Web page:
“…We wanted to bring slam dancing to rap”, says Fredro Starr. “Believe it or not, Nirvana was a big influence on us. Red Hot Chili Peppers too. When we was writing the album, [Nirvana’s] ‘Smells Like Teen Spirit’ would come on all the time [on MTV] and they had slam dancing in that video. So that kind of triggered that. Run-DMC did the rock thing before, but nobody brought slam dancing until us. We took it to another level.”

As of May 28, 1993, “Slam” was played on 21 radio stations, including early requests at Hot 97.

Hip hop editor Dart Adams remembered the first appearance of the song on the radio and video rotation: “‘Slam’ aired on both MTV and BET, it was extremely radio friendly and it dropped right around the time of the 1993 NBA Playoffs. The NBA began playing it in arenas and even added it to their new promotional campaign. Next thing you knew, Onyx had their second number 1 Rap single that reached number 4 on the Billboard Hot 100 and earned them a Platinum plaque from the RIAA.”

Funkmaster Flex was one of the first djs who played “Slam” on his show Friday Night Street Jam on station Hot 97.

The song also played on The Stretch Armstrong & Bobbito Show before the single was officially released.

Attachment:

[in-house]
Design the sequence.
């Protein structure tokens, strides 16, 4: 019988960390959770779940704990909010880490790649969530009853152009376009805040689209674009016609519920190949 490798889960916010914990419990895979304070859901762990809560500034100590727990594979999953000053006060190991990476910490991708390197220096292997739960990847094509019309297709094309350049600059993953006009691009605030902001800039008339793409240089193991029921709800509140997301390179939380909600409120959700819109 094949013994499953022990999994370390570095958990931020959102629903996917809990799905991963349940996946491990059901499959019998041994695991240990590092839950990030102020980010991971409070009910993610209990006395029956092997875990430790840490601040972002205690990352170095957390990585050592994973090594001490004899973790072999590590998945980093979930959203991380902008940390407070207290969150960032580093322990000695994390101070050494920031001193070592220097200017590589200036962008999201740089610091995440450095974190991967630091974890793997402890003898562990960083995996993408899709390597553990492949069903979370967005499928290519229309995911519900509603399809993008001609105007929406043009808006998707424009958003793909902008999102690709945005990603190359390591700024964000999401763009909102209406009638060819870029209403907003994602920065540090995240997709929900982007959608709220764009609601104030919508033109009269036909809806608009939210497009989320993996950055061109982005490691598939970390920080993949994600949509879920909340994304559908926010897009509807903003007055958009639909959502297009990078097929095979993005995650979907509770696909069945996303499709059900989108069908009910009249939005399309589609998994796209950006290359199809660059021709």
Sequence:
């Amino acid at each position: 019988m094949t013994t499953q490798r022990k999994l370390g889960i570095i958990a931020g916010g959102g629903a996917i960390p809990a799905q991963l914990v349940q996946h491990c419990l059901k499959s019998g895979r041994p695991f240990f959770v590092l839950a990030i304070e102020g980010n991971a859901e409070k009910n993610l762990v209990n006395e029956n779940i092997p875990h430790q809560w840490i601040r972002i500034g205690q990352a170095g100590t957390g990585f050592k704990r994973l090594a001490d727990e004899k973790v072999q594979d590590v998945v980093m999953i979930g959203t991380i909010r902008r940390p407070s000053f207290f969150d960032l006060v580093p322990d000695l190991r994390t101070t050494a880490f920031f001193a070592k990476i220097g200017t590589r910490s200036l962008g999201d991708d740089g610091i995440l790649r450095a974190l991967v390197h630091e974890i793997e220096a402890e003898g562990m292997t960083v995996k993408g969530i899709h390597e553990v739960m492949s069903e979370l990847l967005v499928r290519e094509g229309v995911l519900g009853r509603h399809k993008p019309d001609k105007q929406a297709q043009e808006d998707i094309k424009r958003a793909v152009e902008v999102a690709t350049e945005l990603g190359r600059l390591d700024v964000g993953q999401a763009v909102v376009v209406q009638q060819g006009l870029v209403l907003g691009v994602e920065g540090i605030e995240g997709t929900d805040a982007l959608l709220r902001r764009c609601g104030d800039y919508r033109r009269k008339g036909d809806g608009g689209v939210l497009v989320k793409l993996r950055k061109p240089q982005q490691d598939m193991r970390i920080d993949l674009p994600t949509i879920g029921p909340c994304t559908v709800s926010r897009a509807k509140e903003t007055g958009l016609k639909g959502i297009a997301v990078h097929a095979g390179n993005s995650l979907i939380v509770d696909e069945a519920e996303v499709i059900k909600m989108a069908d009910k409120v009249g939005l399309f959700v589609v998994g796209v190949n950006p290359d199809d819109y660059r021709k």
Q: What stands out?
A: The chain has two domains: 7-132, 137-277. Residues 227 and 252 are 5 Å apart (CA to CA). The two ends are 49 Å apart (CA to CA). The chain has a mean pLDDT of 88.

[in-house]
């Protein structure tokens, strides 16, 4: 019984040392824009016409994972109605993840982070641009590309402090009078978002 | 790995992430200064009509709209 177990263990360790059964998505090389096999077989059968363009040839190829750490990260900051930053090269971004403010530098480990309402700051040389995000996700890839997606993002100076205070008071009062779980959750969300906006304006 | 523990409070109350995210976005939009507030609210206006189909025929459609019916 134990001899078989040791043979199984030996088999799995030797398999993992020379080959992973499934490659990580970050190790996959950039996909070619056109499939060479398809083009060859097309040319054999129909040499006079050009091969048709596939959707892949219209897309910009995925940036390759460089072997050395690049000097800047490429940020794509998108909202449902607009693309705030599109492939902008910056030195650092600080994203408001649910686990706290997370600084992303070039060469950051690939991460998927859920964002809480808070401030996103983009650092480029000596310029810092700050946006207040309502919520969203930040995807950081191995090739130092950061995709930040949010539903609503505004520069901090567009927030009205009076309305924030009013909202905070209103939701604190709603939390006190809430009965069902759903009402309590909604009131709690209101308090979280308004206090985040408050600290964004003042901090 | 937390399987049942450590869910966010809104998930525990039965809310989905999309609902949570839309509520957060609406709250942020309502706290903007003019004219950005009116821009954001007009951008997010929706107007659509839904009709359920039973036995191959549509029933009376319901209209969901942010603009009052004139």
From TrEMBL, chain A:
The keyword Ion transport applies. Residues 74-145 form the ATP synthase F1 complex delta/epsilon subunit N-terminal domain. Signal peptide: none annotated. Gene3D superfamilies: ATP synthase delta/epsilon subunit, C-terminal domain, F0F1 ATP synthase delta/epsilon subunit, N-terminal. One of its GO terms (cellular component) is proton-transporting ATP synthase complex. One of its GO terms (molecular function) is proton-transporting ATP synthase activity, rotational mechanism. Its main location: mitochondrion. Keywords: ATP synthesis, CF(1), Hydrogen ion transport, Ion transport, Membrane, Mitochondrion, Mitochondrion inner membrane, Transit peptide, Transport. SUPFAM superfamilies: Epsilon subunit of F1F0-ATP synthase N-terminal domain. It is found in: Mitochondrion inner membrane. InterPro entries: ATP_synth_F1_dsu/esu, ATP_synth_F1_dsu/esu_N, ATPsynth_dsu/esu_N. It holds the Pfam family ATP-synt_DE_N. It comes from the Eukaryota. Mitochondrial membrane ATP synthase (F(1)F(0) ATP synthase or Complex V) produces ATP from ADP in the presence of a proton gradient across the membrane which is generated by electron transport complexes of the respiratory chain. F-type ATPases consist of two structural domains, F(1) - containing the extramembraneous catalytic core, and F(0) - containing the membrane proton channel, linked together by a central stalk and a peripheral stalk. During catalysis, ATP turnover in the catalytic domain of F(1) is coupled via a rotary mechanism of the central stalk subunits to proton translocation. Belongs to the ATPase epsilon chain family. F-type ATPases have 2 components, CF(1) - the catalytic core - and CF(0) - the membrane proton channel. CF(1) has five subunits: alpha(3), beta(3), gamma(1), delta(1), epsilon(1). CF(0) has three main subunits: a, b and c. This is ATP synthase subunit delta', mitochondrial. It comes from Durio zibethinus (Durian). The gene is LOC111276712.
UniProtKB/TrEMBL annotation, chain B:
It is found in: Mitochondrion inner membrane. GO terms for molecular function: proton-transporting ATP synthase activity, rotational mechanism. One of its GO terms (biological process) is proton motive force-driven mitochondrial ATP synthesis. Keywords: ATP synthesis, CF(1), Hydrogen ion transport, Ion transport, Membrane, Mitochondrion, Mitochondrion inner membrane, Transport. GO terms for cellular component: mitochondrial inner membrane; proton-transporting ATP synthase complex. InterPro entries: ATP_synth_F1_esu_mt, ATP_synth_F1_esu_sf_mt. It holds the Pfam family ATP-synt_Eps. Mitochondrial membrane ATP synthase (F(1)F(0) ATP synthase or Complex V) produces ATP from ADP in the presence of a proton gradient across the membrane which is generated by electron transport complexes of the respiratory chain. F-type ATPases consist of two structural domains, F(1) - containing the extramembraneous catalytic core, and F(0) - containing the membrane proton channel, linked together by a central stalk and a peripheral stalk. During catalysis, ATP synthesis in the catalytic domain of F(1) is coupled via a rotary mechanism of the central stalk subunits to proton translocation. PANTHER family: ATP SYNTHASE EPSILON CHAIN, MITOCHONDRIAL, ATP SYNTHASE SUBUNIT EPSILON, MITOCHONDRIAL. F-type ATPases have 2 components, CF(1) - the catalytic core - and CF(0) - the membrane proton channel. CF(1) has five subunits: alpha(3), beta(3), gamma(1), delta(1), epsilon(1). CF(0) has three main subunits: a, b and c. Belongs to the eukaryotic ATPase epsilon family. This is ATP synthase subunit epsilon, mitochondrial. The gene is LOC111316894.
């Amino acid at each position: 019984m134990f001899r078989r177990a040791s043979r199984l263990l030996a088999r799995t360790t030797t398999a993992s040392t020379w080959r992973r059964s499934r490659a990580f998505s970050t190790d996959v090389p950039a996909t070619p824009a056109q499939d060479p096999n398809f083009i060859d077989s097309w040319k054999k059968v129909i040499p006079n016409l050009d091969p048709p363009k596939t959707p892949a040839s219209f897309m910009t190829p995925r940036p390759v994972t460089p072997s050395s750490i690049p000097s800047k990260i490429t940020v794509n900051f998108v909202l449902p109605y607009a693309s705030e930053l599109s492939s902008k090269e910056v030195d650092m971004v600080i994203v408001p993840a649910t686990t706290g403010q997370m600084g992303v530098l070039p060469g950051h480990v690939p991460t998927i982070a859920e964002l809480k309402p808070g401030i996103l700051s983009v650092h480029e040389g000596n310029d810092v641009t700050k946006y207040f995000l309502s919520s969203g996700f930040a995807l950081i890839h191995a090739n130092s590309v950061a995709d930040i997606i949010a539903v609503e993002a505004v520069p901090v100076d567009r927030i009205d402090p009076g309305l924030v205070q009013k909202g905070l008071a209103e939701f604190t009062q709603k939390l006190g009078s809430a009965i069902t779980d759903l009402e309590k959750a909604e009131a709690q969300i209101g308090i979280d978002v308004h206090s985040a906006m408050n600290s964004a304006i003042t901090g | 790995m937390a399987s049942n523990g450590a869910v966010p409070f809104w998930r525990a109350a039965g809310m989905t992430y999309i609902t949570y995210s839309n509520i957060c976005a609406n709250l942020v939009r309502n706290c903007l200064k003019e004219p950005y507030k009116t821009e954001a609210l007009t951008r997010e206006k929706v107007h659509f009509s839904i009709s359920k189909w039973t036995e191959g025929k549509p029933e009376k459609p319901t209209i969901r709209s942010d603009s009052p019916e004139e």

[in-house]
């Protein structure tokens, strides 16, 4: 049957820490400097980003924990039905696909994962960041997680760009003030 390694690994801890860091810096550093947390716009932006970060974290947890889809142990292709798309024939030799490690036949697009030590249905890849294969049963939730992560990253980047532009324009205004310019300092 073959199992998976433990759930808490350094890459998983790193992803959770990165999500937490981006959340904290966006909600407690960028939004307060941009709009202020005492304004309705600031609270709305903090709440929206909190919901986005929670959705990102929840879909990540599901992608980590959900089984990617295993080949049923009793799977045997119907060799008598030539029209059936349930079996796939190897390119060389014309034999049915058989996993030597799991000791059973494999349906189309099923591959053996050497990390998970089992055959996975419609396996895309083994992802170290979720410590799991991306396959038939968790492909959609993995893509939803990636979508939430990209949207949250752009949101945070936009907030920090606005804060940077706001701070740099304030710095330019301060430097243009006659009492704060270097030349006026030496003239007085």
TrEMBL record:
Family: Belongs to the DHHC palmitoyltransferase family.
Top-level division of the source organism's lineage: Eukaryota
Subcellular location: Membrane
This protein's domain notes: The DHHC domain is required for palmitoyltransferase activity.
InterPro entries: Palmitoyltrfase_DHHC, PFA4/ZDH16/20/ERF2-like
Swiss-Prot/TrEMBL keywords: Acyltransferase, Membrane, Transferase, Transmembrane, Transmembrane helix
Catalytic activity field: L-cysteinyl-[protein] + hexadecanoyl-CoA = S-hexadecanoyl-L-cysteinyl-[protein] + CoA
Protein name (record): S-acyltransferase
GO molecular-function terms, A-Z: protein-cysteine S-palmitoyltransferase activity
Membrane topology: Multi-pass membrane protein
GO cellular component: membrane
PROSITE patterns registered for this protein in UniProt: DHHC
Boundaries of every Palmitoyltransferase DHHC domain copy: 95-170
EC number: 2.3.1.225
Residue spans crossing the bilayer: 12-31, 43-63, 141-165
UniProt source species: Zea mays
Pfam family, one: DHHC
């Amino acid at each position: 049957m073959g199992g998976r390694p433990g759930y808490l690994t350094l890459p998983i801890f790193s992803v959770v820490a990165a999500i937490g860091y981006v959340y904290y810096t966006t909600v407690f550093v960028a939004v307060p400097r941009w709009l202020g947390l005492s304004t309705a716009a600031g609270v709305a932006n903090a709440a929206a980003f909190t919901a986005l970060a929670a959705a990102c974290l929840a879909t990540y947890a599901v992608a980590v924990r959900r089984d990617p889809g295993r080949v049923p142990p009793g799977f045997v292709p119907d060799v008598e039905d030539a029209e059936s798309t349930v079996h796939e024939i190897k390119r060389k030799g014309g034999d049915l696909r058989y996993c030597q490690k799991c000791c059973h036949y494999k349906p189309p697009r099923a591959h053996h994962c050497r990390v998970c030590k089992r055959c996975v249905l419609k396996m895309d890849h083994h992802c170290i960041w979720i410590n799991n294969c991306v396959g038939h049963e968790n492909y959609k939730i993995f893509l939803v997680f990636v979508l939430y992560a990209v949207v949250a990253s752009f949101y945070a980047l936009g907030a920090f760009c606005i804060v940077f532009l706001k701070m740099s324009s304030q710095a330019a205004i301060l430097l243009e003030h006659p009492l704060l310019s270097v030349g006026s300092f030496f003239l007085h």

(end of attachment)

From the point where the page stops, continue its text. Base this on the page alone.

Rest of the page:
The single helped the group’s debut album Bacdafucup go platinum in 1993.

The music video was directed by Parris Mayhew, known in the past as guitarist and songwriter of Cro-Mags. Drew Stone’s production company Stone Films NYC was a producer of this video. The video was filmed on Broadway Stages (Queens, NYC) and Compton, California in February 1993, and was premiered on The BOX on March 25, 1993. Russell Simmons, Run-DMC, Boss, Flatlinerz and Biohazard had a cameo appearance in the video. The music video begins with the band surrounded by a crowd that is jumping up and down. Onyx performs the song outside, in a warehouse, and as they crowd surf. The video showed slamdancing, moshing, crowd surfing. The video hit MTV right when the channel had also begun to play harder rap. Patti Galuzzi was MTV’s director of music programming: And we did play it in heavy rotation. It was something like number 13 in the top 100 of 1993, which is huge.